Assumption of the Blessed Virgin Mary--15 August
of the Blessed Virgin,
Bartolome Esteban Murillo (1618 - 1682)
[Ordinary of the Mass]
[Blessing of First Fruits]
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In celebrating the
feast of the Assumption, the Church has us consider that God created
Adam and Eve in the immaculate sinlessness and had they persevered in
that state, they would have been preserved free from all suffering and
even from death.
But our first parents
had free will—just as we do—because without free will they would have
been unable to honor God in any way—without free will they would not
have been capable of being saints or sinners—they would have been more
like robots. Unfortunately, they used that free will to disobey God,
and suffering and death entered the world.
But no sooner had
they committed their fatal sin, than God announced His plan to forgive
them and their fallen descendants. He would send His Son, born of a
woman, and they would figuratively crush the head of the serpent; for
the serpent represented sin and the temptation to sin.
He sent the woman
into the world—the second Eve, creating her in immaculate sinlessness
from the very moment of her conception. And He sent His own Son into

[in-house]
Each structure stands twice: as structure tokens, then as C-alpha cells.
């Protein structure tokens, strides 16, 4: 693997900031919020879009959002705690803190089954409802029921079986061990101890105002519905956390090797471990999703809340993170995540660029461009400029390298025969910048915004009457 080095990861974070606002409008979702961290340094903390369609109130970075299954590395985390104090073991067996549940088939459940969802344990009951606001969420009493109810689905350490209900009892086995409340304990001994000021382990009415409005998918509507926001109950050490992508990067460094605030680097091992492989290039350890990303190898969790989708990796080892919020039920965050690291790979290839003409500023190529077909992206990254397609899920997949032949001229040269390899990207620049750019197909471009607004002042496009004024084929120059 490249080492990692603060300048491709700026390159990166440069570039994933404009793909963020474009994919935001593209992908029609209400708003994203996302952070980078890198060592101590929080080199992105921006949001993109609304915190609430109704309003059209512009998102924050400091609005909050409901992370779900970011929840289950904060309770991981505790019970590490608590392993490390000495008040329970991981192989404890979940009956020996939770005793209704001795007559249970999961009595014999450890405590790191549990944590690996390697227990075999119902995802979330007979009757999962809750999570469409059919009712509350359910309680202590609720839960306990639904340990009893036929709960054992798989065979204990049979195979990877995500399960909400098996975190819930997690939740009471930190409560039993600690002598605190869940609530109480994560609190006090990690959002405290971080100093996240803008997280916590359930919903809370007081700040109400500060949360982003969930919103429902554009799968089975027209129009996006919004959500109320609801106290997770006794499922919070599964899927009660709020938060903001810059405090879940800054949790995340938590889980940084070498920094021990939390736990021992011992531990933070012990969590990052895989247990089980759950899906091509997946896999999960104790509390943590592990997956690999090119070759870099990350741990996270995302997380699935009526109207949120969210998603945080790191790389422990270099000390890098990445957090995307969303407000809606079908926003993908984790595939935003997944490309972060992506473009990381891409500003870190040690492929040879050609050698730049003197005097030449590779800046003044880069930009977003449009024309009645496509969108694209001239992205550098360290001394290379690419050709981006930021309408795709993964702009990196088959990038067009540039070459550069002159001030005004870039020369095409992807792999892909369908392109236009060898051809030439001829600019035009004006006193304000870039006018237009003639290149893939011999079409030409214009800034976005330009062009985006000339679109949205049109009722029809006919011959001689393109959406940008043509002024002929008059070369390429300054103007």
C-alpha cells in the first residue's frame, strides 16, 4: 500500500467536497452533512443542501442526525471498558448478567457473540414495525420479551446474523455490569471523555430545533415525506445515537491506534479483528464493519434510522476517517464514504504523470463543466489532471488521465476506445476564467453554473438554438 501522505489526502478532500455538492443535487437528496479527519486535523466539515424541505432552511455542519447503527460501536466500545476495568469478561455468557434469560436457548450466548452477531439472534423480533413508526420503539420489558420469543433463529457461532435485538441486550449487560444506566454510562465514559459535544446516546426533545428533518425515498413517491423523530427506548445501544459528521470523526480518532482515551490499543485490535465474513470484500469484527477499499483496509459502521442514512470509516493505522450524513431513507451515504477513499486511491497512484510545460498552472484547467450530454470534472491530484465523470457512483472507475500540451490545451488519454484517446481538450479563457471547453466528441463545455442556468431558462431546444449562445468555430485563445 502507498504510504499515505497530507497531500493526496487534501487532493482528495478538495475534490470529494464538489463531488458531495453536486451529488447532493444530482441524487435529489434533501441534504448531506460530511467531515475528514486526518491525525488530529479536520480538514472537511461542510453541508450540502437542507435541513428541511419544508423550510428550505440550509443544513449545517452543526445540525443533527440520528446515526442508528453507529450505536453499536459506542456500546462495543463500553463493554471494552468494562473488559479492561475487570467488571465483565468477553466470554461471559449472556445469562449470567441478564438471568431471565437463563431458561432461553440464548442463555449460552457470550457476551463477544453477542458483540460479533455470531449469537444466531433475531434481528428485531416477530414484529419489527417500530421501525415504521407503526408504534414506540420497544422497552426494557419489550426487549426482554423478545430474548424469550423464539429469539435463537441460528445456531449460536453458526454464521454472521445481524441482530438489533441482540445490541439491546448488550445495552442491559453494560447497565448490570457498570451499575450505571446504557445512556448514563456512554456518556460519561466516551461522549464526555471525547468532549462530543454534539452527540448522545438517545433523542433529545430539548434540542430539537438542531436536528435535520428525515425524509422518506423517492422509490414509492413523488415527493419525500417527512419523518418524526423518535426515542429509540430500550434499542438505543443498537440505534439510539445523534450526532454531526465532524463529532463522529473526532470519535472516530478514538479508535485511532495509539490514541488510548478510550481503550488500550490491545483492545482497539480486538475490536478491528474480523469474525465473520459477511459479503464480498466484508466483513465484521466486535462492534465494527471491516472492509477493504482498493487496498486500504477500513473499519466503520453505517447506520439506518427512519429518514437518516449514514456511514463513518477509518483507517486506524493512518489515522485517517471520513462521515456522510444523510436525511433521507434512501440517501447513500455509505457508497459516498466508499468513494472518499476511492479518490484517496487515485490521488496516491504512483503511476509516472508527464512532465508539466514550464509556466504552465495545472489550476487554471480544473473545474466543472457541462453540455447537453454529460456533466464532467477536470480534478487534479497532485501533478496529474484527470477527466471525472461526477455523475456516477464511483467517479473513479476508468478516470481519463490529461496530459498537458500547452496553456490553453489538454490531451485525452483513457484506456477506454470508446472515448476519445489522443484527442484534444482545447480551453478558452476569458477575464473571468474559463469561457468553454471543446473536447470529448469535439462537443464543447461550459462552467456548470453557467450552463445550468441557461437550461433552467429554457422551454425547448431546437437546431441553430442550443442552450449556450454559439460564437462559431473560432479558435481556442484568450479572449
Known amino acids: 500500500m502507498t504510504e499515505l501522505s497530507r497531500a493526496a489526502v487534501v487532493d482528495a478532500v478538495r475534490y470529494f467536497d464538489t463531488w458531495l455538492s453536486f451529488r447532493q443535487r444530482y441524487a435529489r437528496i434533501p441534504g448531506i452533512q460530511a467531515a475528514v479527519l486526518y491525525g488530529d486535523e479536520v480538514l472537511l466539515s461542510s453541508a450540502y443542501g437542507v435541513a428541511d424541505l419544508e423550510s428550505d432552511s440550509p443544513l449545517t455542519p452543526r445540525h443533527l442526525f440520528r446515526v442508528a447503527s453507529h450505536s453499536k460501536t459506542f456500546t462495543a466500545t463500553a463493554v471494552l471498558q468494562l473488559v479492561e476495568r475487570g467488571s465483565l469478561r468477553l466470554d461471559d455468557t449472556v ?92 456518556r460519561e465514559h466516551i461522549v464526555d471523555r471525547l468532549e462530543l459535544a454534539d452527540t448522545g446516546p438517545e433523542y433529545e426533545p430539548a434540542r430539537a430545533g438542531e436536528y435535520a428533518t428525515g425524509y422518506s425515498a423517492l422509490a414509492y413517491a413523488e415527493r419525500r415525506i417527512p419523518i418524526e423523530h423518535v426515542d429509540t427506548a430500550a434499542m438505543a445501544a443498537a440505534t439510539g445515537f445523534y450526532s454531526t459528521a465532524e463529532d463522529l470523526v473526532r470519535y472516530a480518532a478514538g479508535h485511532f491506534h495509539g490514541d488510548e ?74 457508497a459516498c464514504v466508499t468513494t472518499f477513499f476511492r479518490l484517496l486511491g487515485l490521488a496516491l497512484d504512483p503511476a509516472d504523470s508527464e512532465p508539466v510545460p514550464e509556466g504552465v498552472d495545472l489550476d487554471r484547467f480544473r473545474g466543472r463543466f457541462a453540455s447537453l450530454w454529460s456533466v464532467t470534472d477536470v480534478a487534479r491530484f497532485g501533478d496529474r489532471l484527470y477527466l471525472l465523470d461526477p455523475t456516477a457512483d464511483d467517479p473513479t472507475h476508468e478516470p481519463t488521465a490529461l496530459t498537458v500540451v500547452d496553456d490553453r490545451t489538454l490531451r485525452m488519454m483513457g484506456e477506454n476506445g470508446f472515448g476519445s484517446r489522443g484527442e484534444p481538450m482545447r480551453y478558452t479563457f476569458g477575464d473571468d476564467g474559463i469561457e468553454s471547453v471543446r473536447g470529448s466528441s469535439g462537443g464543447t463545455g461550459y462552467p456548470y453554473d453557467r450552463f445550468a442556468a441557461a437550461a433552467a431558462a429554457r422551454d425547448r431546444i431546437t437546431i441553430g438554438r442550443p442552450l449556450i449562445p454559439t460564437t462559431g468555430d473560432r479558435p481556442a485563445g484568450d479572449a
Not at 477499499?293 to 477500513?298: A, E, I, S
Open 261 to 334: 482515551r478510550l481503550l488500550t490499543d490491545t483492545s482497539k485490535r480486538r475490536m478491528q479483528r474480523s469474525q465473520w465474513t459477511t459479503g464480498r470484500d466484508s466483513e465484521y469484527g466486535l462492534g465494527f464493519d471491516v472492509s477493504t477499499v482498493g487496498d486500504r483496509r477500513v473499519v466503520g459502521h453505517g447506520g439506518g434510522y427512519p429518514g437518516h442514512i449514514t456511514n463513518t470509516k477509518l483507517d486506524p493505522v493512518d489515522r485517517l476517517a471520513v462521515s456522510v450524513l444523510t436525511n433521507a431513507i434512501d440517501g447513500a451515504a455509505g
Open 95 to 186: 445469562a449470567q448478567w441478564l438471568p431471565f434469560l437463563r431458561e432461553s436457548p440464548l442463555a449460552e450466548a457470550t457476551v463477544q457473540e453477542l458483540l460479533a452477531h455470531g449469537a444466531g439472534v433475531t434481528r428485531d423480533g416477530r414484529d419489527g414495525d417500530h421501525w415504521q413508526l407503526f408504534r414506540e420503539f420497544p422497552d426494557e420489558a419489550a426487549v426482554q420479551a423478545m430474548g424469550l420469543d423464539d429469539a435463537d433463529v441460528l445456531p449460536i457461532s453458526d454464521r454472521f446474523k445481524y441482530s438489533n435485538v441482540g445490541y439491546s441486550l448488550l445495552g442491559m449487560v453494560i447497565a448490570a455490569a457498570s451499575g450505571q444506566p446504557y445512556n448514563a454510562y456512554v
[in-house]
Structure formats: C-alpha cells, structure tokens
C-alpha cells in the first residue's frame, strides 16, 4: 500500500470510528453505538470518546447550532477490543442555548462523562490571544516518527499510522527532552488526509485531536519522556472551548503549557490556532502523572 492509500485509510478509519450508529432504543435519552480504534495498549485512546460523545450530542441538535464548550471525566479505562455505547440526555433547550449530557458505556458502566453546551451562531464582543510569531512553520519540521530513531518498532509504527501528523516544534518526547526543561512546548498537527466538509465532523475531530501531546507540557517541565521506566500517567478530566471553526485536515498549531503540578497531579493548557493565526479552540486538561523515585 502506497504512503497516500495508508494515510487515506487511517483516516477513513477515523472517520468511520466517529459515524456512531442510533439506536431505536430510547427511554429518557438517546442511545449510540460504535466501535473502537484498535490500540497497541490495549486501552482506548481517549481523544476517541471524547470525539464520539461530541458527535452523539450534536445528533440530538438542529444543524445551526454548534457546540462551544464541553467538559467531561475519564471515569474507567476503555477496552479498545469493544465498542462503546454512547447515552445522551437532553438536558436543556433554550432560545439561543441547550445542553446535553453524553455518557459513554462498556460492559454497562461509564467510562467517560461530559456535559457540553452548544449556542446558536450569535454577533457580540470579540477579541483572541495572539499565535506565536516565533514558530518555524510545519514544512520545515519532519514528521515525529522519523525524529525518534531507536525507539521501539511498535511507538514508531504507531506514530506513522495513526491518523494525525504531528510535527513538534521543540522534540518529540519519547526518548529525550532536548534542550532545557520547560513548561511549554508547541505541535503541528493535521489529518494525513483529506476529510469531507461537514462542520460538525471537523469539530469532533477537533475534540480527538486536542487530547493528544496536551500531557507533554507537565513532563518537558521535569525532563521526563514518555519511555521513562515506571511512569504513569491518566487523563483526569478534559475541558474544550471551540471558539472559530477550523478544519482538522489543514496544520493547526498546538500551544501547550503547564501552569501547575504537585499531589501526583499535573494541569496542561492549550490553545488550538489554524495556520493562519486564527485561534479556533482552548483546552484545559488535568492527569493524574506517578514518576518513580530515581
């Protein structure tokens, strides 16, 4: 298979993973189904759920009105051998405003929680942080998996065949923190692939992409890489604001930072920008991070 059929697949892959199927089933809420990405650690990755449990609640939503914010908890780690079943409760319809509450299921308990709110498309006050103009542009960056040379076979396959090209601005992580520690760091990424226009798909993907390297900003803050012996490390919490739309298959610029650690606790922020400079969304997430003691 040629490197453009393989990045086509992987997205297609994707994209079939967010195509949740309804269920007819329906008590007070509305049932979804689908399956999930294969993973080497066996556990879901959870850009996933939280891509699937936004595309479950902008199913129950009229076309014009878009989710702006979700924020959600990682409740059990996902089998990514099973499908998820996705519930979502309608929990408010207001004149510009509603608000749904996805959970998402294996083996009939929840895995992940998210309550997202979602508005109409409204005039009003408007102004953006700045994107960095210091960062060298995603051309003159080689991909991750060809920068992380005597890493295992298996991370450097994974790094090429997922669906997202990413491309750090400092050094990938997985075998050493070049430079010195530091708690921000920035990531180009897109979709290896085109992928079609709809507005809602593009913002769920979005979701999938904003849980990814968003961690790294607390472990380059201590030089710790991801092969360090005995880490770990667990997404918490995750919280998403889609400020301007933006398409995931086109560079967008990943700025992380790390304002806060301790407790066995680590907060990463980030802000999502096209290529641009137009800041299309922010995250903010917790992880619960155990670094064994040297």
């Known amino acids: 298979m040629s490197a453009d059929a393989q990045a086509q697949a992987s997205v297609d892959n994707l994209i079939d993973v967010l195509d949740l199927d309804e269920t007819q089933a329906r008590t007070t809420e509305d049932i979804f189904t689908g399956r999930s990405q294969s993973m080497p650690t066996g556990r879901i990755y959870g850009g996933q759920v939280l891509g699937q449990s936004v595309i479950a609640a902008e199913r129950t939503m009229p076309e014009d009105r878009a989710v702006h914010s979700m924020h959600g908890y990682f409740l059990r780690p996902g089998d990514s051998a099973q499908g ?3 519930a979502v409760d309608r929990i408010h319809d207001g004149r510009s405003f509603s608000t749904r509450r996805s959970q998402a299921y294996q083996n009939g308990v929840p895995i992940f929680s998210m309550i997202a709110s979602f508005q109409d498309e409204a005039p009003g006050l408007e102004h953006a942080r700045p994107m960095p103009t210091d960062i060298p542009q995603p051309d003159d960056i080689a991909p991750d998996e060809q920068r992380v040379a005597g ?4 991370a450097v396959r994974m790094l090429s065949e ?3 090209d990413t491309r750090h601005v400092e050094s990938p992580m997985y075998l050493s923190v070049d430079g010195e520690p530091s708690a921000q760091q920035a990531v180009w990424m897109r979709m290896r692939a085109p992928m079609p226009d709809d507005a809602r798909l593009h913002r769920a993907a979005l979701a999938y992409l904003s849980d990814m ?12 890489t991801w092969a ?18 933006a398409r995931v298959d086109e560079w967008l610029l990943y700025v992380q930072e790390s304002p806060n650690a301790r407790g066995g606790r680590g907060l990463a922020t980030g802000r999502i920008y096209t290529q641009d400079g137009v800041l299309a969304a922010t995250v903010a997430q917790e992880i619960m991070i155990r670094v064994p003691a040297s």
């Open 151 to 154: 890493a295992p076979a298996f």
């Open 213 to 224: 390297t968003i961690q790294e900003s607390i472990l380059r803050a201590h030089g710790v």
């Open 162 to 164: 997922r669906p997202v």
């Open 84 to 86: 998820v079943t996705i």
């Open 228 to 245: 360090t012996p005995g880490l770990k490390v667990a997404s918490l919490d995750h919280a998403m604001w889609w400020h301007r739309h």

the world—the second Adam—taking human nature from that second Eve, but
likewise free from every stain of sin.
And just like the
first Adam and Eve, Jesus and Mary had perfectly free wills, for again,
free will is necessary if we are to honor God. But unlike Adam and Eve,
Jesus and Mary used that free will in lives of perfect obedience to God
the Father. The words of Mary at the Annunciation—“Be it done to me
according to thy word”—are
representative of her entire lifetime of obedience to God's will—not
just at one moment, but for all of her years on earth. She obeyed God
in becoming the mother of His Son, and again in giving Him up to His
death on the Cross, and at every other moment of her life.
By virtue of this
perfect obedience; this perfect conformity to the will of God, we can
say that she shared in His victory over sin and death. In obedience, He
allowed Himself to be crucified, but then He rose from the dead and
ascended into heaven, body and soul. In similar obedience, she too gave
herself over to the will of God, and at the end of her earthly life she
was assumed body and soul into heaven to be with her beloved Son—a
fitting triumph over suffering and death for the second Eve.
In a certain sense,
this feast of Mary's Assumption is our feast also, for the triumph of
Jesus Christ and his Blessed Mother over sin and death constitutes our
redemption, and teaches us what we must do for our salvation.
Mary had free will
just as we do—she could have sinned but never did. So this feast of her
glorious Assumption into heaven is tangible proof that we too can be
victorious over sin and death—that through the grace of God and the
intercession of the Blessed Virgin Mary we can conform our wills to the
will of God and spend eternity in their most blessed company.